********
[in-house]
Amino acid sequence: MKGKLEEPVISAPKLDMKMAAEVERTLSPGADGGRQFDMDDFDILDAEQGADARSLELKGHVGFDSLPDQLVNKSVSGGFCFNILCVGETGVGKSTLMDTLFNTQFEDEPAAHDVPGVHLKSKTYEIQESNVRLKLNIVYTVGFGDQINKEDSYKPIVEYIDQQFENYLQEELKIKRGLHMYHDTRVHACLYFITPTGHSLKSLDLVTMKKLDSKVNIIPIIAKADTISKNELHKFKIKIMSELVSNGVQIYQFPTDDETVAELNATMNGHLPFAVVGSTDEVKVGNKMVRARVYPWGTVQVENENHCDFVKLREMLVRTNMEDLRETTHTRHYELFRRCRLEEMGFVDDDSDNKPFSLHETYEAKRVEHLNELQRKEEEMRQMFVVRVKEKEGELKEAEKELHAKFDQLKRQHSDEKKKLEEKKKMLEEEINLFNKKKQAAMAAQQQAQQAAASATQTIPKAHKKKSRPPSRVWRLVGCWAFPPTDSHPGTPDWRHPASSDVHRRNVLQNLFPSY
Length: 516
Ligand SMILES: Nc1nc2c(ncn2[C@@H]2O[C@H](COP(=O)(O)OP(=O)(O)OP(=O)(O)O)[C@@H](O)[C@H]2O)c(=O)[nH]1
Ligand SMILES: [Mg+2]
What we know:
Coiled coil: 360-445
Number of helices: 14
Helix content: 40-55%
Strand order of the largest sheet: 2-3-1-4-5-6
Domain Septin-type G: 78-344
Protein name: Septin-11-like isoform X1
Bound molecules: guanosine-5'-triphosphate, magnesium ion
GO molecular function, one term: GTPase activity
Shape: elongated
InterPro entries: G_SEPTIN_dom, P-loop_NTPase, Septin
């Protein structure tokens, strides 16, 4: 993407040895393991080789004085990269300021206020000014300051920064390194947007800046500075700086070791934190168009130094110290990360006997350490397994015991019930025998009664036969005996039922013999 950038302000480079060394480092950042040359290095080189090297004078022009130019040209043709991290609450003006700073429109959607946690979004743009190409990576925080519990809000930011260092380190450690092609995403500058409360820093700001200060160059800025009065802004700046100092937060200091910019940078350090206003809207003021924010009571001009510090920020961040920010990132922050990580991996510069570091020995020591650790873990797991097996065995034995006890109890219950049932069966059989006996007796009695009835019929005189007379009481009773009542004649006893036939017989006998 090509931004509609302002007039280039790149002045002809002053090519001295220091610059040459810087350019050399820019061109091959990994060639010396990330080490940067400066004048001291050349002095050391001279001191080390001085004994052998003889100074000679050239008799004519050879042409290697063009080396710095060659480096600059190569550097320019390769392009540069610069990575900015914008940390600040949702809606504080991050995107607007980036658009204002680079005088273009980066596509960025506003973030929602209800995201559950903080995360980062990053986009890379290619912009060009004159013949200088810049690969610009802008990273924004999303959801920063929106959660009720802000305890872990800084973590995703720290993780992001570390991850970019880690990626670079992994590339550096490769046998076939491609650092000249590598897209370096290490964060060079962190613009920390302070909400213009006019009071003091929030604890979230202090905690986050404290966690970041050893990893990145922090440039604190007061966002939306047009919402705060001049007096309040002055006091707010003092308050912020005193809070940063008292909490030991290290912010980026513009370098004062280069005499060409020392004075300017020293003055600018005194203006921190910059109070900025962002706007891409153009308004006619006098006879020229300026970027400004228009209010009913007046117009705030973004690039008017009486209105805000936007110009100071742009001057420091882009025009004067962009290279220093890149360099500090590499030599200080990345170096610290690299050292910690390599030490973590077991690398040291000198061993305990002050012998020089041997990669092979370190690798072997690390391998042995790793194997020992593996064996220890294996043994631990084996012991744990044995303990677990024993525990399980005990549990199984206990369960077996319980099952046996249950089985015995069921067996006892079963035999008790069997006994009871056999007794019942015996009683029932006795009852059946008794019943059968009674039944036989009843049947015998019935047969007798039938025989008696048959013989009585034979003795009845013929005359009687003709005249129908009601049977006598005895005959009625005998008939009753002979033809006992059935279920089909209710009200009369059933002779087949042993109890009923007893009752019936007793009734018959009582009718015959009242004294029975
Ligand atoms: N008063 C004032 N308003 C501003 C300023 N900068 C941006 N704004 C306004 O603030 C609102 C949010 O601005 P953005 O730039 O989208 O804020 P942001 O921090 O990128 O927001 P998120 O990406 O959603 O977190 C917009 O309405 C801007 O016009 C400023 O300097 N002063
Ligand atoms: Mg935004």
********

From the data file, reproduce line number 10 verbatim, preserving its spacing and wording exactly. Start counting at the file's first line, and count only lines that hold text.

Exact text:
Strand order of the largest sheet: 2-3-1-4-5-6